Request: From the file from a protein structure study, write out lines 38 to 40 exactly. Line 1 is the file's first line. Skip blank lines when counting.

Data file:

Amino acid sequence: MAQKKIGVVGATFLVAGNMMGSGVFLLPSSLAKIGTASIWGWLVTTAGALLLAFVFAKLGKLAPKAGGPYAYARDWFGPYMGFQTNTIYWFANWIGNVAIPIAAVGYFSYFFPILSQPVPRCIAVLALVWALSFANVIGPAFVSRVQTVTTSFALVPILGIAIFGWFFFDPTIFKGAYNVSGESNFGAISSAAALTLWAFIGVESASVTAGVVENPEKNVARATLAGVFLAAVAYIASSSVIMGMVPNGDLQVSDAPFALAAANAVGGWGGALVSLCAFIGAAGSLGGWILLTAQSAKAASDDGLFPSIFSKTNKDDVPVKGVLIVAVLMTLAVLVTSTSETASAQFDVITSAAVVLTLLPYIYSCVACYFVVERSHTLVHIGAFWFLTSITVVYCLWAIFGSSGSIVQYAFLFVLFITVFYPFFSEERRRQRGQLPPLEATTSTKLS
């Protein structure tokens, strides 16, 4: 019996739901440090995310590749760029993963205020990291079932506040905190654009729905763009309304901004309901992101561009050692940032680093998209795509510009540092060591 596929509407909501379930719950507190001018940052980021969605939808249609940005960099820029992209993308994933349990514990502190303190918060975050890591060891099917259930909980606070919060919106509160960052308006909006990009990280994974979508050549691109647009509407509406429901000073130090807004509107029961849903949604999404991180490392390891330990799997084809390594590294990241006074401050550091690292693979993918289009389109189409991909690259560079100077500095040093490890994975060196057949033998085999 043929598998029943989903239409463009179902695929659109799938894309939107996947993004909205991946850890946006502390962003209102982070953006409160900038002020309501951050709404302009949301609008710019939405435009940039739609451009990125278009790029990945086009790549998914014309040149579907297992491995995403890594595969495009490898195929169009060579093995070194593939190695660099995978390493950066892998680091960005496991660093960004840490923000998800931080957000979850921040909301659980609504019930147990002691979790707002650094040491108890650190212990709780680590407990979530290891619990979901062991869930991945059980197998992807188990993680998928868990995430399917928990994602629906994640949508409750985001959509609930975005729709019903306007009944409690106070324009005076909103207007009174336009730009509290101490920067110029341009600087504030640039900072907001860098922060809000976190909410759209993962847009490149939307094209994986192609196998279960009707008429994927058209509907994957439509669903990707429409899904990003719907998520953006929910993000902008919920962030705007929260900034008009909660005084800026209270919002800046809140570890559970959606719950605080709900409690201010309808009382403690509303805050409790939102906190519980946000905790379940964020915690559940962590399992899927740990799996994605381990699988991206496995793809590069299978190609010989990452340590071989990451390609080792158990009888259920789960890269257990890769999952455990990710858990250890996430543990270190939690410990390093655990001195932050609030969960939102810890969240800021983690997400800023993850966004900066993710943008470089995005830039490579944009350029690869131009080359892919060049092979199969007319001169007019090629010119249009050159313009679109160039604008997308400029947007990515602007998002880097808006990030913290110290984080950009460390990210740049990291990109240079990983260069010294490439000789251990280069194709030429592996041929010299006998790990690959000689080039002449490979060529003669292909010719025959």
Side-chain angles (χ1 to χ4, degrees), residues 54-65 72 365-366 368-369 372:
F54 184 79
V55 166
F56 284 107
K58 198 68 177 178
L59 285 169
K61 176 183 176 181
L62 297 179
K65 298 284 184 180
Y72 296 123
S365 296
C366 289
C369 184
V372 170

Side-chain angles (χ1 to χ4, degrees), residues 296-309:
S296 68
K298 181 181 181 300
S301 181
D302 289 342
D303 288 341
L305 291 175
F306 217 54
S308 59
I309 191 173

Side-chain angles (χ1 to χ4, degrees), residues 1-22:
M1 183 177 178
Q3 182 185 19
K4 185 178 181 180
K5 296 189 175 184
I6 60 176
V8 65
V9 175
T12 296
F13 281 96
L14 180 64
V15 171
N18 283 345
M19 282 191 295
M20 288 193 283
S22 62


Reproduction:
V15 171
N18 283 345
M19 282 191 295